Accounting Blog

New Dividend Tax Regime Post 5th April 2016

The first Conservative only budget in more than 19 years back in July 2015 was certainly not welcomed by the contracting community.

From a contractor’s point of view one of the biggest changes announced in the budget is the change to the way in which dividends will be taxed from 6th April 2016.

As it stands all UK dividends are paid with a notional tax credit of 10%. That means that for every £1,000 of dividend income received by a person HMRC treats it as being a gross dividend of £1,111 and assumes that £111 in basic rate tax has already been paid. That’s the reason why non-taxpayers and basic rate taxpayers have no further tax to pay on dividend income.

Higher and additional rate tax payers do, of course, have to pay tax on dividend income that falls into the higher or additional rate bands. In real terms the rates at which this tax is currently paid is 25% for higher rate taxpayers and 30.56% for additional rate taxpayers.

However, with effect from 6th April 2016, the taxation of dividends will change.

From 6th April 2016, the current system of notional tax credits on dividends will no longer be used. Instead, everyone will be entitled to receive £5,000 of dividend income free of tax. The balance of any dividends paid over £5,000 will then be taxed according to whichever tax band applies to the aggregate amount of the dividend and the recipient’s other taxable income.

The rates at which dividend income over £5,000 will be taxed are 7.5% for basic rate taxpayers, 32.5% for higher rate taxpayers and 38.1% for additional rate taxpayers.

These changes will impact upon limited company freelancers, contractors and small businesses that typically use the low salary and dividend strategy of profit extraction (or anyone who receives dividend income in excess of the new £5,000 tax free dividend allowance). This will also affect any dividends received from other company investments.

 

Income extraction is often a personal strategy tailored around different life styles and financial commitments that will require a tailored calculation to compare the accurate impact of the changes, if this is the case please contact us directly and we would be happy to provide a tailored example. Below we have included some common examples that compare the new rules to the existing rules;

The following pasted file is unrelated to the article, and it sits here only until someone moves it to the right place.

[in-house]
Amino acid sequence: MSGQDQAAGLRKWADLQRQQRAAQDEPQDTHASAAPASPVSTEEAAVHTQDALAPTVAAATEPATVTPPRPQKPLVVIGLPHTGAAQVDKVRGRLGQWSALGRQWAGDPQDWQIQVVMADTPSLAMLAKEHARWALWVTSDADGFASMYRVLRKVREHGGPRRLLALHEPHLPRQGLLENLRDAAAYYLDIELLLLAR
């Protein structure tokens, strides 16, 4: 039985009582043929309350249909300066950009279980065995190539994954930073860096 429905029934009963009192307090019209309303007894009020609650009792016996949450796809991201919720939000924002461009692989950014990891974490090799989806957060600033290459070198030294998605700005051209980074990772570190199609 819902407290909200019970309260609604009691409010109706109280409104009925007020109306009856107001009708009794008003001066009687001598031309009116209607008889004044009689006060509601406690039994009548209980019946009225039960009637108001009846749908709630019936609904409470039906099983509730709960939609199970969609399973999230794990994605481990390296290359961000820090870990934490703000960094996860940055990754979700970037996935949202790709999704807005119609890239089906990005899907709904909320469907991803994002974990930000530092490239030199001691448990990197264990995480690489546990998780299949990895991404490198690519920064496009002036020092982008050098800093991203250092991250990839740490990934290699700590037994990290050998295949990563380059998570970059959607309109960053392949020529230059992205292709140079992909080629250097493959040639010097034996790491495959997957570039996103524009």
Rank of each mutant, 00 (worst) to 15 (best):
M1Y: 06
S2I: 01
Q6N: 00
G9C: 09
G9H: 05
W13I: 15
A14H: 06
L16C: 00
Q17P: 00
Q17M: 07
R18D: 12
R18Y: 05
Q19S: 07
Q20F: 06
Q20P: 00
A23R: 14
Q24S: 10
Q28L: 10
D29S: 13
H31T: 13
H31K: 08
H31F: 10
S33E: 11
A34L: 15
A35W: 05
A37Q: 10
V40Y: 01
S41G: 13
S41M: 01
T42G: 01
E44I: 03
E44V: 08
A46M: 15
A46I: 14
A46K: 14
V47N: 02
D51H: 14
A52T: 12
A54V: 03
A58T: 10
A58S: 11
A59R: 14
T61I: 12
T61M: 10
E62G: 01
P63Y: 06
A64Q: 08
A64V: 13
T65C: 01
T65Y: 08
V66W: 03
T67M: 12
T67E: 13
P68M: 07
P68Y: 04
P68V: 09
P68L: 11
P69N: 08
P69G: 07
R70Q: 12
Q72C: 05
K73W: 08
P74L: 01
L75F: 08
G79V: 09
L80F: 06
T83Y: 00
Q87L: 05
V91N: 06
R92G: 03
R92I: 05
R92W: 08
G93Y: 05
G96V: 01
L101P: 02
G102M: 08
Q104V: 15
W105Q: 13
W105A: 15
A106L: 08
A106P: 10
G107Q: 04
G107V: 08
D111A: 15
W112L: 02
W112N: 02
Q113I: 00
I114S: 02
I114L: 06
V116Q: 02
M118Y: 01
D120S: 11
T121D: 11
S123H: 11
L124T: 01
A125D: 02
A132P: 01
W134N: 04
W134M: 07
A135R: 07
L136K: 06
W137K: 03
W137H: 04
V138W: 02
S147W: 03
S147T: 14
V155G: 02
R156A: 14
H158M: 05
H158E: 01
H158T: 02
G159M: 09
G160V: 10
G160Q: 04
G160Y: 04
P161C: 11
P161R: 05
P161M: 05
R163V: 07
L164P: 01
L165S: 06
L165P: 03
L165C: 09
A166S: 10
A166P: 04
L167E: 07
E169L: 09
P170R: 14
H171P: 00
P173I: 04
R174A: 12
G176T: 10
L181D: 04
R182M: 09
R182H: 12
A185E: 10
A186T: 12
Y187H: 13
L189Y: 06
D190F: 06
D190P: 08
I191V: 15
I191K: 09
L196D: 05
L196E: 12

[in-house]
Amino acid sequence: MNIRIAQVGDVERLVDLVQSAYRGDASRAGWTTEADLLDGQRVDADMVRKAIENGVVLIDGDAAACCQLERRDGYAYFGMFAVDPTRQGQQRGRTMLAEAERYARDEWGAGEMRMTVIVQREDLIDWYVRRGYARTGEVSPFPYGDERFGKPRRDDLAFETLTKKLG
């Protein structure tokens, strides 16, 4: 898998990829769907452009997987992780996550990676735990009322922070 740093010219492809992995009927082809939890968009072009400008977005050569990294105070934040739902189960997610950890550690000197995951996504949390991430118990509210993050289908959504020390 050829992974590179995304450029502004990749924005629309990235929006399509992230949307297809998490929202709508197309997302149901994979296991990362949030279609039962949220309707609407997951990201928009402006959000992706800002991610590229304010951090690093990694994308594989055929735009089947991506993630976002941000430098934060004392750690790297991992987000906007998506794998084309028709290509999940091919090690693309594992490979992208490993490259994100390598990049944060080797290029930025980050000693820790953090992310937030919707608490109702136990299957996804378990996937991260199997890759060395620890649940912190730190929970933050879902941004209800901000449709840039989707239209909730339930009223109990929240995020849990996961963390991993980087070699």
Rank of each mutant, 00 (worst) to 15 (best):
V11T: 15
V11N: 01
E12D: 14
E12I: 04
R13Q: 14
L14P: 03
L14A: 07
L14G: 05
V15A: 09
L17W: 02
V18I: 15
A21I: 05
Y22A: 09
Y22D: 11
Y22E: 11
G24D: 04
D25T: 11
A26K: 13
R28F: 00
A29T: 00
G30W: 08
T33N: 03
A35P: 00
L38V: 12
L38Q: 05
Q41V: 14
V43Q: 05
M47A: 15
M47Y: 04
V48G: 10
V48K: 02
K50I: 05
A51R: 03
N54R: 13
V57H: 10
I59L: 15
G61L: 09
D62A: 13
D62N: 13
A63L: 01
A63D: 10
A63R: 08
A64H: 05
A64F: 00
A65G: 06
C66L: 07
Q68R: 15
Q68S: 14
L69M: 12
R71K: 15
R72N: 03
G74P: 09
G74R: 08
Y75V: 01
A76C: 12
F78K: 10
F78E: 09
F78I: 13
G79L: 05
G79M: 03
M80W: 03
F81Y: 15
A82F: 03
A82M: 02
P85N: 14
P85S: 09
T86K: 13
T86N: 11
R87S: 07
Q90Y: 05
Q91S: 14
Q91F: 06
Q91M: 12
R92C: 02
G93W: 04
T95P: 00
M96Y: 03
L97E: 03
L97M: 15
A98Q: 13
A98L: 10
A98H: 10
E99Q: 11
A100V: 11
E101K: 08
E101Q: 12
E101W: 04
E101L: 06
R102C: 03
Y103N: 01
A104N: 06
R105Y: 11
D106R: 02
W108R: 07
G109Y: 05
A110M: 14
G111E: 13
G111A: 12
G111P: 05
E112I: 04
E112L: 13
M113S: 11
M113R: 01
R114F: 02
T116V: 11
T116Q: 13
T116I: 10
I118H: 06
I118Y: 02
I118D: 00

Example 1 – Taking dividends up to the higher tax threshold

Many freelancers and contractors operating their own Limited Companies outside of the IR35 legislation take salary and dividends up to the higher tax threshold and retain the balance of any profits within their Limited Companies. The example set out below illustrates the changes.

 

                                               2015-16                 2016-17

Annual Salary                      8,060                      8,060

Dividend                               30,892                   34,940

 

Total Gross Income            38,952                   43,000

Dividend Tax                        NIL                          2,025

Net Income                           38,952                   40,975

 

In real terms the dividend changes mean £2,025 of personal tax due in 16-17 compared to no tax liability in the 15-16 year.

In the new tax year commencing 6th April 2016 individuals will be in a position to extract more income from the Company without exceeding the higher tax threshold, in the attached example this totals £4,048.

Example 2 – Cash dividends of £50,000

 

                                              2015-16                 2016-17

Annual Salary                      8,060                      8,060

Dividend                               50,000                   50,000

 

Total Gross Income             58,060                   58,060

Dividend Tax                        4,776                      6,919

Net Income                           53,284                   51,141

In the above example the additional tax liability for the tax year would be £2,141.

Primus recommendations post 5th April 2016

  • If you have a spouse it will be more important than ever to consider if there are income splitting opportunities (them being a shareholder and/or director/employee so that they can take a dividend and/or salary). This option may not be relevant in particular cases so it is important that individual advice is requested from our tax department in advance of any changes being implemented.
  • You might want to consider making company pension contributions if you aren’t making provision for this (Individual investment and pension advice is regulated by the Financial Conduct Agency and will need to be provided by a financial advisor, if necessary we can provide recommendations).
  • It is likely that individuals who receive dividend payments and are not already registered for Self Assessment will need to do so from 6th April 2016. Self Assessment registration should be completed via the HMRC website at the following link – https://online.hmrc.gov.uk/shortforms/forms/sa1
  • Individual income extraction arrangements should be reviewed before 5th April 2016 to ensure that advantage is taken of available tax allowances and thresholds.

Please feel free to contact us for a tailored example of how the new rules will affect you.

Best regards

 

Primus Accountancy LLP

 

 

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